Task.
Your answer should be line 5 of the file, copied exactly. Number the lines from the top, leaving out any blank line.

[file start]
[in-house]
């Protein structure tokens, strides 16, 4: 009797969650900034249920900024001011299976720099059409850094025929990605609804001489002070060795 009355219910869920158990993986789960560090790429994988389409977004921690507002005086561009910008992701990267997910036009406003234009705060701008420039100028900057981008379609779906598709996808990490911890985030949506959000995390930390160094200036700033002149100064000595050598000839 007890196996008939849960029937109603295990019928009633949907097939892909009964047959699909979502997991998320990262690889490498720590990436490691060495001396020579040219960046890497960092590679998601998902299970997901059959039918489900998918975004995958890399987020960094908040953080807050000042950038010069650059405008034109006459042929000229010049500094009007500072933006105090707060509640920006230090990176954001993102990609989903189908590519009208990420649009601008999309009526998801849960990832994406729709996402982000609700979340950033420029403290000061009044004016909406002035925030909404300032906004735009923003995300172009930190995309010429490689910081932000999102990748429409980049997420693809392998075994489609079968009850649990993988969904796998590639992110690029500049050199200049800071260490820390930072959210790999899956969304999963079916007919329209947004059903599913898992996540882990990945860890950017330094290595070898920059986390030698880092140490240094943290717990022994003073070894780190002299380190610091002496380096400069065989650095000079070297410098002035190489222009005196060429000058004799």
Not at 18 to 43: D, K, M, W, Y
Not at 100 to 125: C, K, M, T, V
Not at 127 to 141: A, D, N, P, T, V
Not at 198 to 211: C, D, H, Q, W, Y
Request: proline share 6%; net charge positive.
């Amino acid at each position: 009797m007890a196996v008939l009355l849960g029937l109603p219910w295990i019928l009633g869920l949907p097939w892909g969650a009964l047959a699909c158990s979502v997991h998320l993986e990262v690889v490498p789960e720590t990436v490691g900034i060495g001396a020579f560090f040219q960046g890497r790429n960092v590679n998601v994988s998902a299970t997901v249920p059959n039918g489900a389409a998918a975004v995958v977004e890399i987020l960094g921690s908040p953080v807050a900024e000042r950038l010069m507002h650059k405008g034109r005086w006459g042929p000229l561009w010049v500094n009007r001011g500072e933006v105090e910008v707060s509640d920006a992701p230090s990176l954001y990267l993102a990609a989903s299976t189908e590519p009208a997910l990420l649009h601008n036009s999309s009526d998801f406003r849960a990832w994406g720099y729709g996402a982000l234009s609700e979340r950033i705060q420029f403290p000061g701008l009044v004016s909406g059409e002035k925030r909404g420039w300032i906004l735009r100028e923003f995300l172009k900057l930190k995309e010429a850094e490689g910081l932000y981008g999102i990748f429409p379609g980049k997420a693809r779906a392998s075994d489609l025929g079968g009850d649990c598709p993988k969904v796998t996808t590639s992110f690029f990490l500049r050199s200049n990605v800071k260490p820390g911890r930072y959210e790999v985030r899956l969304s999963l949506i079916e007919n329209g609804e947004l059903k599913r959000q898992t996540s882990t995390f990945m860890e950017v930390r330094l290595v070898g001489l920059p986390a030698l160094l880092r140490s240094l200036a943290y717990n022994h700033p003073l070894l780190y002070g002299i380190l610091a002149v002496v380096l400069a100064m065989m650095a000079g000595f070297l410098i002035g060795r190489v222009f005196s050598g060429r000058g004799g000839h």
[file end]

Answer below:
Not at 127 to 141: A, D, N, P, T, V